Minimally invasive procedure increases options for mitral valve repair
Some heart patients haven't yet been able to access the growing trend toward minimally invasive procedures. A new clinical trial, though, makes a form of mitral valve repair an option without an open-heart surgery.
Matthew Romano, M.D., a cardiac surgeon at Michigan Medicine, is leading the ReChord Trial at the University of Michigan Frankel Cardiovascular Center, the only site in Michigan participating. Previously, such patients would have undergone traditional open-heart surgery using the heart-lung machine and stopping the heart to repair or replace the valve, he says. A catheter-based procedure wasn't an option.
"This is a significant advance in treating mitral valve disease in a less invasive way with less pain and faster recovery," Romano says of the clinical trial.
Targeting the chords
Before treatment, patients with mitral valve disease may have symptoms such as shortness of breath, lightheadedness, fatigue and coughing.
In mitral regurgitation, the leaky valve is unable to keep blood flowing in its journey from the lungs to the rest of the body. The heart pumps harder to get the job done, yet the blood still leaks back into the left atrium where it came from.
The culprit? Tiny strings that tether the mitral valve and keep everything in order. When these chords rupture or elongate, they can't keep the valve in place and functional, so the valve can't seal and close, Romano says. The result is severe regurgitation, or a leaky valve. In a mitral valve repair, the leaflets that control the opening and closing of the valve must be fixed.
Romano's valve repair trial uses a catheter-based system called the NeoChord to re-establish normal leaflet function. He inserts a device about the size of a pencil into the heart while it's beating. It is threaded with artificial chords like the ones in the valve that aren't doing their job.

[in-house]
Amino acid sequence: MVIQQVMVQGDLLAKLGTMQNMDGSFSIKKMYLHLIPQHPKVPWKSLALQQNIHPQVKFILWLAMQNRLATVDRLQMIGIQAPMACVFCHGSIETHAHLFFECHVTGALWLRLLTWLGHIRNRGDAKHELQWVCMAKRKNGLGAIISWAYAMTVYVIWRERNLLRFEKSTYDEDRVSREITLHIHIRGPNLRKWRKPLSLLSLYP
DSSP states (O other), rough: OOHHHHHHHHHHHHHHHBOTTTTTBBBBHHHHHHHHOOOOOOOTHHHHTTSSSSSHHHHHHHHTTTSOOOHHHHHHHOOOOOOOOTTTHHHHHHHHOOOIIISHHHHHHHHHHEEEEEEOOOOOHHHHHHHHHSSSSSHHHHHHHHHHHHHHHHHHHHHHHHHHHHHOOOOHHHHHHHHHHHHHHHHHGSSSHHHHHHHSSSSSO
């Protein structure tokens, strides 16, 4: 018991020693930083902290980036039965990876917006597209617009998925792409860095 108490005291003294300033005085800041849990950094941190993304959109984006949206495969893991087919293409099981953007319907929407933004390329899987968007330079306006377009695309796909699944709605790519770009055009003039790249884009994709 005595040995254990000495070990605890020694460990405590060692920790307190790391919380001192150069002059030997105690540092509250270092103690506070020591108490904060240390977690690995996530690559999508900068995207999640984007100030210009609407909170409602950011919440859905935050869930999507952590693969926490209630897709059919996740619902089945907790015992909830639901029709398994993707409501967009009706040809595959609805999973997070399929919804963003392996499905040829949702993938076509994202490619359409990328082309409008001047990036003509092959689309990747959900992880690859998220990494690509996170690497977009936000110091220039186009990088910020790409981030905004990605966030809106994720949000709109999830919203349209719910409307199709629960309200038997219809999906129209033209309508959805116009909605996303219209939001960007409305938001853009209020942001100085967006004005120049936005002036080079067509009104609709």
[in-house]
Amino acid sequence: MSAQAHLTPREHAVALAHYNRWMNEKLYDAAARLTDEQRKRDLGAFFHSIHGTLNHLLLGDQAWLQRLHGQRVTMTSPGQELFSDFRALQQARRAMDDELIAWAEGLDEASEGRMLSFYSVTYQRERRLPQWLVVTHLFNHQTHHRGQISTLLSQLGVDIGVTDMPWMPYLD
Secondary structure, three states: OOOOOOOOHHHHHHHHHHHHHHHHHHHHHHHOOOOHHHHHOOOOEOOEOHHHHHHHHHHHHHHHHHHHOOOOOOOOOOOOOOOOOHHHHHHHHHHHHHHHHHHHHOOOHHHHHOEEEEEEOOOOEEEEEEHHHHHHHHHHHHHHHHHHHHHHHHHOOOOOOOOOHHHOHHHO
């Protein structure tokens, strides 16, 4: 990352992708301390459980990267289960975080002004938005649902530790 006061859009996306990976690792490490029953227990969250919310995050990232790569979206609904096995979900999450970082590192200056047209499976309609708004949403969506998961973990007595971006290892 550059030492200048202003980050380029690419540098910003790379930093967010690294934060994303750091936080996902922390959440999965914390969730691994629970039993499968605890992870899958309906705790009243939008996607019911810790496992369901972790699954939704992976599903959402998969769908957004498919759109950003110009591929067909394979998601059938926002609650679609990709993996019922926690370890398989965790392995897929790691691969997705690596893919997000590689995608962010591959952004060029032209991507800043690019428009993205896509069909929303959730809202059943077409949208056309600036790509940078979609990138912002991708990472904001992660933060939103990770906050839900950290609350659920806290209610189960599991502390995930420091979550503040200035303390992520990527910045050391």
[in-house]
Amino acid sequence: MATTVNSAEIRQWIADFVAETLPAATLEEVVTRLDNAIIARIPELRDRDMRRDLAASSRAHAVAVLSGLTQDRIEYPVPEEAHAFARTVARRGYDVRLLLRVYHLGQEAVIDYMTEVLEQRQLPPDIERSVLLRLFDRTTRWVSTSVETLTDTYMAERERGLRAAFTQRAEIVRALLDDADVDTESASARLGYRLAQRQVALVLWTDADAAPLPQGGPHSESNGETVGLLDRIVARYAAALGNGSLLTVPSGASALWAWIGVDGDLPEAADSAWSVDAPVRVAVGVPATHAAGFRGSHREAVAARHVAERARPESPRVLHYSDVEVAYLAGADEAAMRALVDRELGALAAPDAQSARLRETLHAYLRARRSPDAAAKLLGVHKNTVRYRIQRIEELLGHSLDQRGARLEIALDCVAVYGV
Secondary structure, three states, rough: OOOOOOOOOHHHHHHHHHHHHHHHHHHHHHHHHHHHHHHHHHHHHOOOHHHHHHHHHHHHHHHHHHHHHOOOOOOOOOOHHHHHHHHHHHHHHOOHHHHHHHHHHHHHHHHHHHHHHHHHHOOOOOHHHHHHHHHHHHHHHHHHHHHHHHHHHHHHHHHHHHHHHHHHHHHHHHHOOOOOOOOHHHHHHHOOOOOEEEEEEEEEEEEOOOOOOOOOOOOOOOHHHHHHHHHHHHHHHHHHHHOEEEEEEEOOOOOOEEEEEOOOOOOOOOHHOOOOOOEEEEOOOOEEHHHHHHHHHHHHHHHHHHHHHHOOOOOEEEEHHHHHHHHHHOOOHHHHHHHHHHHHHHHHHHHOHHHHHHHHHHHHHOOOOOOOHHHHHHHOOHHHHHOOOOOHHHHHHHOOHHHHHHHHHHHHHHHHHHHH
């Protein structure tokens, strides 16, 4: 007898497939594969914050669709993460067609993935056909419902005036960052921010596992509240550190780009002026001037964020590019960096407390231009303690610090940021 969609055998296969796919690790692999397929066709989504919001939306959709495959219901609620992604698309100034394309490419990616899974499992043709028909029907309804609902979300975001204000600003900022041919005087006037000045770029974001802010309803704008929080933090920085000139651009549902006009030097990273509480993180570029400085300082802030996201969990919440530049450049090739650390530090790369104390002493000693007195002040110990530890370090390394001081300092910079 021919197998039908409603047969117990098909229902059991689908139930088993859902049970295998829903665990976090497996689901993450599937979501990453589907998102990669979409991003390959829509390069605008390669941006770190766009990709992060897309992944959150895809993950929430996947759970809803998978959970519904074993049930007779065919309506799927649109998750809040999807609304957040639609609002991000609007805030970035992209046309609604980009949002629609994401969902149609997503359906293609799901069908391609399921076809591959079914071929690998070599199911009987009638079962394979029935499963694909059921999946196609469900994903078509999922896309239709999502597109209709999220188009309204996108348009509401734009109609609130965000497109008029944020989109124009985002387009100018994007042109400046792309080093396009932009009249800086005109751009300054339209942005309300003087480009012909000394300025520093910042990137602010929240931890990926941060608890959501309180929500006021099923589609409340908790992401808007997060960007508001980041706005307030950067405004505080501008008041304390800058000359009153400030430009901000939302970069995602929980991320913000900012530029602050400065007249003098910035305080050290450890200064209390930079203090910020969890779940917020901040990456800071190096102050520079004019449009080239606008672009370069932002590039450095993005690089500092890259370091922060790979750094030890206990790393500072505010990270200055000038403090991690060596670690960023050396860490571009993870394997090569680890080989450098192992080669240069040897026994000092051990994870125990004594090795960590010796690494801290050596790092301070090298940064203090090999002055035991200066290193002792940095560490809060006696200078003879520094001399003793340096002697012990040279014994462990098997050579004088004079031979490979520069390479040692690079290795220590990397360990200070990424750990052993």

"Under ultrasound imaging, we then adjust the length of the chords we put in using the NeoChord system to re-establish a normal leaflet motion and resolve the regurgitation," Romano says.
The procedure is intended for patients who have a prolapse of the anterior or posterior leaflet of the mitral valve with severe mitral regurgitation, Romano says. It takes about an hour—much faster than previously available open-heart options and without use of a heart-lung bypass machine. Romano is performing the procedures in the cardiovascular center's new hybrid operating room, which opened in 2017.
Mitral valve treatment typically allows patients to return to an active lifestyle if used early in the disease course. But recovery from a few-centimeter incision without the need for the heart-lung machine compared with open-surgery makes the process even quicker, he says.
Increasing options for mitral valve disease
The NeoChord procedure in Romano's trial is an option for patients from low to high risk, he says, in contrast to some other trials. For example, transcatheter aortic valve replacement (TAVR) trials began with high-risk surgical patients. While U-M has performed more than 1,000 TAVR procedures, clinical trials for low-risk patients are still in progress.
Other treatment options for mitral regurgitation include medication therapy to ease symptoms, open-heart surgery and other transcatheter procedures, including another U-M trial of transcatheter mitral valve replacement and, for high-risk surgical patients, the MitraClip procedure. For a small number of cases, a full valve replacement is needed.
Mitral stenosis, in which the valve's leaflets thicken or stiffen rather than prolapse, is treated with similar options including a minimally invasive procedure called valvuloplasty to open the valve.
Without timely treatment, mitral valve disease can lead to dangerous complications, including blood clots, an enlarged heart, pulmonary hypertension, irregular heartbeat, heart failure and stroke.